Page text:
Nurturing creativity to support wildlife conservation and welfare

Born Free strives to enable and support engagement with wildlife conservation and welfare discussions in a way that empowers the learner. Delving into issues such as the global biodiversity crisis and the abuse of wild animals kept as pets, for example, can be intense and often complex areas of study – making it challenging for learners to fully engage and can be overwhelming in their scale and implications, contributing to eco-anxiety.  

By using art, drama and other forms of creative expression students can engage with a science-based discipline in a way that suits different learning styles – using it as a gateway to understanding the threats faced by wildlife, the importance of animal welfare and compassion, as well as the potential solutions we can all feed into. 

For more information about any of these projects please contact David Bolton.


Pangolin (Ships in the Night)

Pangolin is a new family play which tells the story of a girl who, by defying the will of her poacher parents, learns to use the courage of her convictions and chooses to protect the gentle pangolin. Produced by Ships in the Night, in association with Born Free, the production is currently in development – more information to follow. 

This play uses creativity to address the plight of the pangolin. The play will have both school and family showings and is aimed at children aged eight to twelve years - accompanied by active learning within scheduled workshops, teaching resources and meet and greet sessions.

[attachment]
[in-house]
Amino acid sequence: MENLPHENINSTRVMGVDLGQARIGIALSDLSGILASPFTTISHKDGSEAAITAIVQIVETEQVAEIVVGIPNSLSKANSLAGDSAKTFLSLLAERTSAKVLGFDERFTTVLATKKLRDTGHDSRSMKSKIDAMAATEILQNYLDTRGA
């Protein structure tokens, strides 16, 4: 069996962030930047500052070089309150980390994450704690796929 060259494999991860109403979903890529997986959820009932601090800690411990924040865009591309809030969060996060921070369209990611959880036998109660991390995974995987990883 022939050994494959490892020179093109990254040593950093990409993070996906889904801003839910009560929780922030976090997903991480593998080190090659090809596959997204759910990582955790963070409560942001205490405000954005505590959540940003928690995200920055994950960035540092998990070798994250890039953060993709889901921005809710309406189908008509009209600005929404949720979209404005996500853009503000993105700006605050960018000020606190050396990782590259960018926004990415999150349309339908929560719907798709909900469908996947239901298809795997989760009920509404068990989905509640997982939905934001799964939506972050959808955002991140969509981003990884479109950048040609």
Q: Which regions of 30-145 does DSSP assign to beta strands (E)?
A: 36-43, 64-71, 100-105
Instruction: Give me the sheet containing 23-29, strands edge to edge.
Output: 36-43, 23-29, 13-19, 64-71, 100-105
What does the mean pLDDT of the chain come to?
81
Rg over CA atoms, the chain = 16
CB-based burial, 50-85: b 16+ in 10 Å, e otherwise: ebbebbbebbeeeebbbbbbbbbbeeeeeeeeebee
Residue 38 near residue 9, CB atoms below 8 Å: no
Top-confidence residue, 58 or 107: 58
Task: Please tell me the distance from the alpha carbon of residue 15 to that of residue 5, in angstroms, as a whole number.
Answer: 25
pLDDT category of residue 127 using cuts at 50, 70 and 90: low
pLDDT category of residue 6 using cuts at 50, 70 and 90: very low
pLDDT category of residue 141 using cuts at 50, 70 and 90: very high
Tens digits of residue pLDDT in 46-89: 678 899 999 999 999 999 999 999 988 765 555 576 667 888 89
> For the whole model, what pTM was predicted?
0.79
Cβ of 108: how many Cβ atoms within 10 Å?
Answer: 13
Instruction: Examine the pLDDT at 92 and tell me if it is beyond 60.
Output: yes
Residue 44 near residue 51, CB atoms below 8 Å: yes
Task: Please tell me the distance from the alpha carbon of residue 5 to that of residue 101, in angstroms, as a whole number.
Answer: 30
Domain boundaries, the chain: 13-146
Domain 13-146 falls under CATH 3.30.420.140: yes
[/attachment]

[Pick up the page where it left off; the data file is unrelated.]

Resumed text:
Last Chance To Paint (John Dyer)

Last Chance to Paint, a collaboration between artist John Dyer, Born Free and the Eden Project encourages children to create their own piece of art, inspired by the journeys of the team. This cross-curricular project offers a range of classroom or homebased interactive learning experiences to bring the vibrant sights and sounds of the different habitats and ecosystems to life, highlighting the threats faced by the people, plants and animals that live there.

Classes or individuals can also interact with the programme team LIVE from the field.




Where did all the animals go? (Jane McCraken)

Where did all the animals go? is an art and environmental education project with drawing, one of the oldest forms of communication, at its core. The programme is designed to offer young people multiple points of engagement with the project, developing cultural and scientific capital.

The project fosters a love for the natural world, increases awareness of the threats facing wildlife and encourages young people to take action. While the direct outreach will be limited to schools in the north east UK, other schools may still be able to engage in the project through the legacy of resources created.





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